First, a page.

I have turned off my hearing aids. The sounds from the busy street outside Villa Ndio have softened, but so have the sound of the chorus from Windsor Castle being televised by CNN, BBC and other broadcast media. Throughout the day, I have been downloading the CNN broadcast as “background noise” on my computer. Although the ongoing colorful display and symbolic sounds of pomp and circumstance have appealed to me, it has gotten to be a bit of overload. And the flaws have become more evident. The Brits are, after all, rather fond of the jarring but dramatic sounds of bagpipes. And the glorious pomp and circumstance of precision marching of mostly male soldiers dressed in brilliant red regalia and stunningly tall bearskin hats has acquired an appearance of celebrating anachronism – especially as it contrasts with the somber black of the royal widows, princesses and other official grievers.
On the occasion of the 75th anniversary of India’s independence, a lot has been written about the deteriorating state of Indian democracy as yet another example of how apparently well-entrenched democracies are threatened by anti-democratic political movements. I, too, have been concerned about the threat to democracy from populist-inspired nationalism and its variations in the US, France and India, three countries with which I have personal connections. I currently live in France, was born and lived in the States, but also lived for many of my formative years in India. Here I am inspired to share my reflections about my passion for India and how my impressions of this great country have evolved through the various occasions of my presence in that country. We all wring our hands in dismay over the sliding away from democratic values that we observe in India this days, but I do believe that we’ll get past this somehow. Continue reading “Vignettes of Indian-ness”
The COVID-19 Pandemic is still classified as a global pandemic by the World Health Organization (WHO), the organization to whom we defer for any global health pronouncements on what is a global pandemic. I continue to link my personal musings to the dramatically significant impact that this global phenomenon has had on my daily living, even as I have been inspired by the global responses to the pandemic to write in-depth commentaries on the prospects for global and multi-stakeholder collaboration, which, if truth be told, has been my lifelong “reason for being”. Ah well, this is yet another one of my run-on sentence that my editors would want me rewrite into short pithy sentences. But the point is that the personal and the professional visions are indeed like a run-on sentence – so intertwined have they been in my response to this pandemic. As I launch into this ninth chapter on my personal musings about the pandemic, I am also trying to update my in-depth commentary on the subject. Many months have passed since I did either one, and I am now discovering that it is time for me to move on. Neither my personal life nor my professional interests are as overwhelmingly defined by the pandemic today as they once were. –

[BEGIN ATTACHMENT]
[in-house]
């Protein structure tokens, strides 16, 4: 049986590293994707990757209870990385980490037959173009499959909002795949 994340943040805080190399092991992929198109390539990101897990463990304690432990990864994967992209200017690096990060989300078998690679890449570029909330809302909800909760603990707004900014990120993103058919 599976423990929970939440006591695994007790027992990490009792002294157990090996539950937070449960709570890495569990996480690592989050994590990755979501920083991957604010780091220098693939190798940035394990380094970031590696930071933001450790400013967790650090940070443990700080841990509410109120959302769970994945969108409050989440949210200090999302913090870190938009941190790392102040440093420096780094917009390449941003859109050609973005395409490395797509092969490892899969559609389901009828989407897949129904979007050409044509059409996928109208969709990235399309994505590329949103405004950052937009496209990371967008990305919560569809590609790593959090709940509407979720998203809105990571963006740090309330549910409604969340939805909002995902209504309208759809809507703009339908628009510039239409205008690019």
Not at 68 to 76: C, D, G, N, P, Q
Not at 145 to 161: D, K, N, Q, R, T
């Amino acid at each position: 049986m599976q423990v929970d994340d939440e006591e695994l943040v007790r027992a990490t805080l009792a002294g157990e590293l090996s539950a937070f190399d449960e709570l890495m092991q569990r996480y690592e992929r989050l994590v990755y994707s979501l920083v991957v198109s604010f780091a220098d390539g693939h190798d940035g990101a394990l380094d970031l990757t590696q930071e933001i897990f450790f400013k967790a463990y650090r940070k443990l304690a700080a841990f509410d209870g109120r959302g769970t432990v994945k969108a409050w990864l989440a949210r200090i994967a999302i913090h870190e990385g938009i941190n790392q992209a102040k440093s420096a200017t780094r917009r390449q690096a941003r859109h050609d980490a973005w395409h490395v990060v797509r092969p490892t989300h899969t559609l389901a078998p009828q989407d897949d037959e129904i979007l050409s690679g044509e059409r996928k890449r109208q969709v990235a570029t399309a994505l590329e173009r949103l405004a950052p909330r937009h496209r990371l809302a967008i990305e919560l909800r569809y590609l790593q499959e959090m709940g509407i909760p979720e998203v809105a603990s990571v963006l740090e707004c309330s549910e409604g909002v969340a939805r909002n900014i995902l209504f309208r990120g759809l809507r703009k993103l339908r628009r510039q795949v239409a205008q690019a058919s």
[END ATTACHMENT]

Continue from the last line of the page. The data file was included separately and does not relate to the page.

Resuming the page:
My partner and spouse Ralph Doggett and I are living the idyllic life in Grasse, France, where we enjoy exploring the region for the cultural and photographic opportunities it brings us. These opportunities are often an unexpected combination of adventures. On one recent occasion, we accepted an invitation that surprised us in a variety of ways – starting rather unexpectedly with one of those hikes that the French call a “rando” along the “Plateau de Calern” near Grasse on an unusually hot day in June. Our hiking adventure, however, was only the beginning of several surprises – discovering a chapel inside a cave, for one, but most especially seeing for the first time a laser-driven telescope. This was, after all, an invitation to visit the famed Observatory of the Cote d’Azur (OCA) – an awesome learning experience for us in and of itself. But the visit proved to be a fabulous combination of unexpected adventures. Here is a brief commentary with a photo collection of the hike (“rando”) on the plateau, the cave and the observatory(plus a delightful dinner in the middle of it all). Continue reading “An Awesome Visit to the OCA Observatory on the Plateau de Calern”
How can the personal story keep changing? The tiresomeness of cyclical ups and downs with no apparent pattern to them is wearing thin on all of us. Here in France, the delta variant was driving what was described as the fifth wave in this November/December 2021 timeframe, while the US or even the UK were measuring it as a fourth wave. Our personal relationship to the pandemic, nonetheless, was settling down to a gradual phasing out of COVID-related restraints, especially when we both got our boosters for extra-certain protection. But then the omicron variant suddenly burst onto the global scene. And even more disrupting for us personally, our long-awaited visit from our son and his fiancée was turned upside down by his testing positive for COVID shortly after his arrival here – and the rest of us only days later! Instead of spending an early Christmas with them and sending them home to Richmond for the main event, we were all in mandatory isolation through the holiday right here at Villa Ndio. Continue reading “Pandemic Musings Chapter 8: OMICRON and Christmas Disruptions (updated 31 December 2021)”